The full order will be released by midnight. In short, what a Stay at Home order means is individuals are only to interact with their household and only leave their houses for essential activities and to take extreme precautions to limit coming in contact with potentially contaminated surfaces. 

Facilities that remain open must take steps to ensure social distancing or face legal consequences. If this order is going to be effective, instructions need to be clear and concise to all Coloradans and we must obey them. Coloradans should not leave their homes except for certain activities including:

  • Obtaining food and other household necessities including medicine, liquor, or cannabis

  • Going to and from work if you are an essential employee

  • Seeking medical care

  • Caring for dependents or pets

  • Caring for a vulnerable person in another location

  • Or participating in outdoor recreation at a legally-mandated safe distance of six feet or more from other parties.

  • Limiting our social interactions is the most effective way to get control of this virus. The projections dictate that more extreme measures must be taken to avoid a colossal breach of our health care system’s capacity. The priority MUST be preventing a catastrophic loss of human life. We all have a responsibility to ourselves, our fellow Coloradans, and our fellow Americans to reduce the spread of this virus. Our goal is to prevent the unnecessary sacrifice of human lives. And it’s going to take all of us.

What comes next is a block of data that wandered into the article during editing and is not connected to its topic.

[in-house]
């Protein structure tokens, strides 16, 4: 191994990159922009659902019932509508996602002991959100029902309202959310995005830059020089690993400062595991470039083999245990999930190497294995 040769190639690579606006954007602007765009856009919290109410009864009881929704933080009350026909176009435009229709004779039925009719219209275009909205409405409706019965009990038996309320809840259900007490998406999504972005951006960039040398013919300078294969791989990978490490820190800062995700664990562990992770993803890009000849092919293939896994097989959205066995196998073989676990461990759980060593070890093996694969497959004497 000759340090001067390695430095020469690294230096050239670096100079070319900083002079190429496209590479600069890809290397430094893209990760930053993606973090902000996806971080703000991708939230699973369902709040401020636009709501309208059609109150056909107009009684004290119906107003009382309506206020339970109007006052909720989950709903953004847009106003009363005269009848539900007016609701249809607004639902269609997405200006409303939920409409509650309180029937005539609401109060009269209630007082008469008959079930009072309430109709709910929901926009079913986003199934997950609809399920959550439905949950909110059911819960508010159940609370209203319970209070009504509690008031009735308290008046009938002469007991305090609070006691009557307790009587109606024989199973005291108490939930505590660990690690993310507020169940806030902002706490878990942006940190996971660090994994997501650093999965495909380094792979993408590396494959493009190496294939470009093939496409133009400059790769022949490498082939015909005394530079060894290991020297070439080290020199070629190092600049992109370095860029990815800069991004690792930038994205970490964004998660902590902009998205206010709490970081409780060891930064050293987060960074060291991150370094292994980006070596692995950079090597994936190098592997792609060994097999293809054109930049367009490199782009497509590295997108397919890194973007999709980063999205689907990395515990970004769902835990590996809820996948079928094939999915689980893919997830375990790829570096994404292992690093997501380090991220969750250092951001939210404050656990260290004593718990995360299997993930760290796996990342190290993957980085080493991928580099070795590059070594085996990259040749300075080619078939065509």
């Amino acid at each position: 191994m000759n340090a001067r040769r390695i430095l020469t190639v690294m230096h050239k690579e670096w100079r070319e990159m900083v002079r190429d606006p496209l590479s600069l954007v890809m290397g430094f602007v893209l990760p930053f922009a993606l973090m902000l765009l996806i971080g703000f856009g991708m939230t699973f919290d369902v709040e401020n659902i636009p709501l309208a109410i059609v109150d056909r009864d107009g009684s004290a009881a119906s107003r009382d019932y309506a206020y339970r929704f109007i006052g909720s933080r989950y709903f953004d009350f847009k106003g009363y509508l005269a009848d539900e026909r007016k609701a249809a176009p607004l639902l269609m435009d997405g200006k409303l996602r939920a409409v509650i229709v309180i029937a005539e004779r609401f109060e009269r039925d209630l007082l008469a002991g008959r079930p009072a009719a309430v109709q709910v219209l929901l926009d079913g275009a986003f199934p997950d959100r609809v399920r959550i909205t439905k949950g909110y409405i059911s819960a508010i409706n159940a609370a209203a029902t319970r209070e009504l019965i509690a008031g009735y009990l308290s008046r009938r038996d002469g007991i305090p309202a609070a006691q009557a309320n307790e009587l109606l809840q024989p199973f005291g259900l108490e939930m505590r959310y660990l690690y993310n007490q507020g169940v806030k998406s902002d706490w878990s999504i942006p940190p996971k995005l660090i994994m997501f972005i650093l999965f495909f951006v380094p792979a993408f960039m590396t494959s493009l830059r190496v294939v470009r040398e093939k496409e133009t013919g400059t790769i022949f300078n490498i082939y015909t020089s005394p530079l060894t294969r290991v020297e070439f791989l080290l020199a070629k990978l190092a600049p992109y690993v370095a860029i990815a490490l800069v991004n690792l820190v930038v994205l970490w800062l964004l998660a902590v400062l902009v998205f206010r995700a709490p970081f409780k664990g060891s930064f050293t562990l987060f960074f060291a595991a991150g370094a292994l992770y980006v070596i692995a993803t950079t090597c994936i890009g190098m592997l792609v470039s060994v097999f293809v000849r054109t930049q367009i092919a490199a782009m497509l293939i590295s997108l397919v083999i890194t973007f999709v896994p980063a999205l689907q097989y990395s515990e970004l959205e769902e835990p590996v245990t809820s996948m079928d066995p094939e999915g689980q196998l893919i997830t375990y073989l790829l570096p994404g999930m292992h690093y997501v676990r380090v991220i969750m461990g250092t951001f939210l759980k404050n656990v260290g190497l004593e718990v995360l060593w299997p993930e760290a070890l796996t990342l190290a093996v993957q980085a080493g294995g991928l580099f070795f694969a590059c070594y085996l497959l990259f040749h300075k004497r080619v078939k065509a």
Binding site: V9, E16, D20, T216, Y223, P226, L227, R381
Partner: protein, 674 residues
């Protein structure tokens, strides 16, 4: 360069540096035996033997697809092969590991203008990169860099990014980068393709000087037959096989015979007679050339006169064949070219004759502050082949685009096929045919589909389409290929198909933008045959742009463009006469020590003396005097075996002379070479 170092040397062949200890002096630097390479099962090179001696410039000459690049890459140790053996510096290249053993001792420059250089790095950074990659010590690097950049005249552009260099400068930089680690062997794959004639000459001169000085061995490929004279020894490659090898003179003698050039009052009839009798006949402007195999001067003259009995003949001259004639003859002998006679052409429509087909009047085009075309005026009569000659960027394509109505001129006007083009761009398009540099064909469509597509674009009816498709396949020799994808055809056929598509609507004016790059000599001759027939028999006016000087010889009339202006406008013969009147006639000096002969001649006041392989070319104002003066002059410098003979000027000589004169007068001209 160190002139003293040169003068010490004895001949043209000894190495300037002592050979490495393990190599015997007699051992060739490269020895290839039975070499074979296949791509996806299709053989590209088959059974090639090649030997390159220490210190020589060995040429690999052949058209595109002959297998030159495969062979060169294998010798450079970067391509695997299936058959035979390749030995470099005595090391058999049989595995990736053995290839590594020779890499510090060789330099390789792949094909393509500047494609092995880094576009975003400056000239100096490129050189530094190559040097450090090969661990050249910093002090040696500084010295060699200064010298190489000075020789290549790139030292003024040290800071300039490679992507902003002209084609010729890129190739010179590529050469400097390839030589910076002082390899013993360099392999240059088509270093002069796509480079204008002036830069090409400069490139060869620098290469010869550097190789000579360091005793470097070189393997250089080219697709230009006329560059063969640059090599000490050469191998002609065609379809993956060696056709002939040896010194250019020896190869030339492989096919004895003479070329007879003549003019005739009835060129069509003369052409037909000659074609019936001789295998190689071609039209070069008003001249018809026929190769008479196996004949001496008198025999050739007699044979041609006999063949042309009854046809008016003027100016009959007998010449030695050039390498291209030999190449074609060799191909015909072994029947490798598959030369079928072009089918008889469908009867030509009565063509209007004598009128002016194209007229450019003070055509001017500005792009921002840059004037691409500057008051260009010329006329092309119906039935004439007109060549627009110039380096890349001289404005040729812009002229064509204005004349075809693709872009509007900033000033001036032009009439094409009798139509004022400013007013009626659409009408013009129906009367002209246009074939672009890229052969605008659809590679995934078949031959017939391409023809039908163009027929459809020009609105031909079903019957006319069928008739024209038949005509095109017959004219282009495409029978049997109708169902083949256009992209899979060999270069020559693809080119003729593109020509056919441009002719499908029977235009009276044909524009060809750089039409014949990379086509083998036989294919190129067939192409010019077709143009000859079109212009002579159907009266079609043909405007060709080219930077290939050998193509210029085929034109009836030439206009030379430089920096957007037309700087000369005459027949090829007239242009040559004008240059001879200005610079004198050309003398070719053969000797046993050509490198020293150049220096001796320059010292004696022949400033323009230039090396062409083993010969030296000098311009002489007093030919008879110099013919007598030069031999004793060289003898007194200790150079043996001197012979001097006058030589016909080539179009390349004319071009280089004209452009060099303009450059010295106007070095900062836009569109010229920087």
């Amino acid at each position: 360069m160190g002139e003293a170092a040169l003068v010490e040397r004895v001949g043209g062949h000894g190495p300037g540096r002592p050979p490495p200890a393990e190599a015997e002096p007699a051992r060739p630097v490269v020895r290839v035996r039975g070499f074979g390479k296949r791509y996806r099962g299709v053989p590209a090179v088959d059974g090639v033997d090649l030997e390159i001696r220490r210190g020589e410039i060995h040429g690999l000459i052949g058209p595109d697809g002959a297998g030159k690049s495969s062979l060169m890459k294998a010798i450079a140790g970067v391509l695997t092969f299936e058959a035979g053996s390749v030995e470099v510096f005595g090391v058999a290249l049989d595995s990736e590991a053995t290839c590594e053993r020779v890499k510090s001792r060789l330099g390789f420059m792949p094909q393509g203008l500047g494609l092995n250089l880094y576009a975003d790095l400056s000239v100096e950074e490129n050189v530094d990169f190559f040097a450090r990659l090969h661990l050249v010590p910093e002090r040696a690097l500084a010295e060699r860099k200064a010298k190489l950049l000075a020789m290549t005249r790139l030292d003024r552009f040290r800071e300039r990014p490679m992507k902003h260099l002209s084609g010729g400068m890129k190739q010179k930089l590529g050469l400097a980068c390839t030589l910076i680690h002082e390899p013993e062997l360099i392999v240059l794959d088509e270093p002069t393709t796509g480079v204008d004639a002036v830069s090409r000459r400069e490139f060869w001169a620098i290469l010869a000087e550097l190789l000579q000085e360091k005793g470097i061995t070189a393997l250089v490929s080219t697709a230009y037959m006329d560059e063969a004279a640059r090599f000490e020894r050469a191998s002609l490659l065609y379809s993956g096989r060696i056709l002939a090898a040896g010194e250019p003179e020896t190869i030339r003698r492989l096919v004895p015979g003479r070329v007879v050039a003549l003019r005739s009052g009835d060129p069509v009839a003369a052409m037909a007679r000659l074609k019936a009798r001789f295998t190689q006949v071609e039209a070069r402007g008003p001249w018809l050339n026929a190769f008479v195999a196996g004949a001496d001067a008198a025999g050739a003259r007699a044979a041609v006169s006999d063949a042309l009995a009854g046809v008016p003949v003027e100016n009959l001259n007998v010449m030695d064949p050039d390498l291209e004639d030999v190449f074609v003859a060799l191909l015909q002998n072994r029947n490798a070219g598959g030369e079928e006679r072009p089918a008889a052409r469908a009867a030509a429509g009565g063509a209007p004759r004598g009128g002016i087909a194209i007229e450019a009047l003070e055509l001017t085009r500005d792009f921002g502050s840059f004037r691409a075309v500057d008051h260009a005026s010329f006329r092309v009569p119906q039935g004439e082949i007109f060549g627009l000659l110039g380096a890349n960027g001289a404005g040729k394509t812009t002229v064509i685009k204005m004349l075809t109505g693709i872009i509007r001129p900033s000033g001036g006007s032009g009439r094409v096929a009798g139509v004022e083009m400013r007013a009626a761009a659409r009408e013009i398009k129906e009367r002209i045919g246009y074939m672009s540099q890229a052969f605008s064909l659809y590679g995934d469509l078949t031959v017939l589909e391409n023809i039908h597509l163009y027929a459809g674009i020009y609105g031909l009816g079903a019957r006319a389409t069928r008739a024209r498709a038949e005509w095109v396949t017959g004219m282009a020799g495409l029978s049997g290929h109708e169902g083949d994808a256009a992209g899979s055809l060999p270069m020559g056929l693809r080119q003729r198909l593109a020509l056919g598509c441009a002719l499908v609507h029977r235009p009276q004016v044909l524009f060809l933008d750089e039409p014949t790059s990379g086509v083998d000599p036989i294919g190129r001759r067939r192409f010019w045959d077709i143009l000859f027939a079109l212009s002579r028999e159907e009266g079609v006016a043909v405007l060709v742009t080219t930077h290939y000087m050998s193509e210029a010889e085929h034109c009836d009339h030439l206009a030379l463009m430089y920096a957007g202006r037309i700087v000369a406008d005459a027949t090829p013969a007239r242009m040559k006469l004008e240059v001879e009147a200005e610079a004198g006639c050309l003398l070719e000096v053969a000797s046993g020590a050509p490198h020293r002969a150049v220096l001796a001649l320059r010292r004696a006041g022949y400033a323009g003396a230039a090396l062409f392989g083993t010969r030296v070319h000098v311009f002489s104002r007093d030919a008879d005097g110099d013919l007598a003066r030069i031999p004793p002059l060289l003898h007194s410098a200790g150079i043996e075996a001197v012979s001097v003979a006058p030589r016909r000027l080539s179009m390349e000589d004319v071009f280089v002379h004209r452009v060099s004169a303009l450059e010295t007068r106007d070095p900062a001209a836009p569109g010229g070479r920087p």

Grocery Store Guidance

At the state level we are focused on keeping all Coloradans safe, especially essential employees. We know that grocery stores have been very busy these past few weeks, and they will continue to be busy. Yesterday, the Governor sent a letter to grocery executives -- and followed up with Safeway and King Soopers this morning -- asking them to prioritize the health and safety of their workers and help reduce the spread of the virus by:

  • Providing appropriate gloves, masks, face screens, and other personal protective equipment to grocery store workers to the extent possible

  • Consider expanding into grocery delivery services, prioritizing service to those at the highest risk

  • Provide daily designated time periods for higher-risk individuals to shop - I know some stores are already doing that.

  • Establish entrance/access controls to ensure crowds are in compliance with safe social distancing practices like standing six feet away from each other in line

  • To the extent possible, assign those employees with higher health-risks to tasks with lowest exposure risks such as backroom work.

We want to make sure that those essential employees are able to perform their work safely while we manage this crisis. We’re also calling on municipalities to temporarily suspend plastic bag fee ordinances for thirty days because of the potential to spread COVID-19 through the use of reusable grocery bags.

Federal Stimulus Package

As this pandemic continues, we will continue to need the federal government to step up for Coloradans. This package will help workers and small businesses.

The package being negotiated includes $600 per week in additional unemployment benefits and extends the time in which individuals can collect unemployment benefits to 39 weeks. There are also more than $300 billion in loans and grants to small businesses across the country. Individual Americans would receive up to $1,200 per person in direct payments based on income with an additional $500 available per child.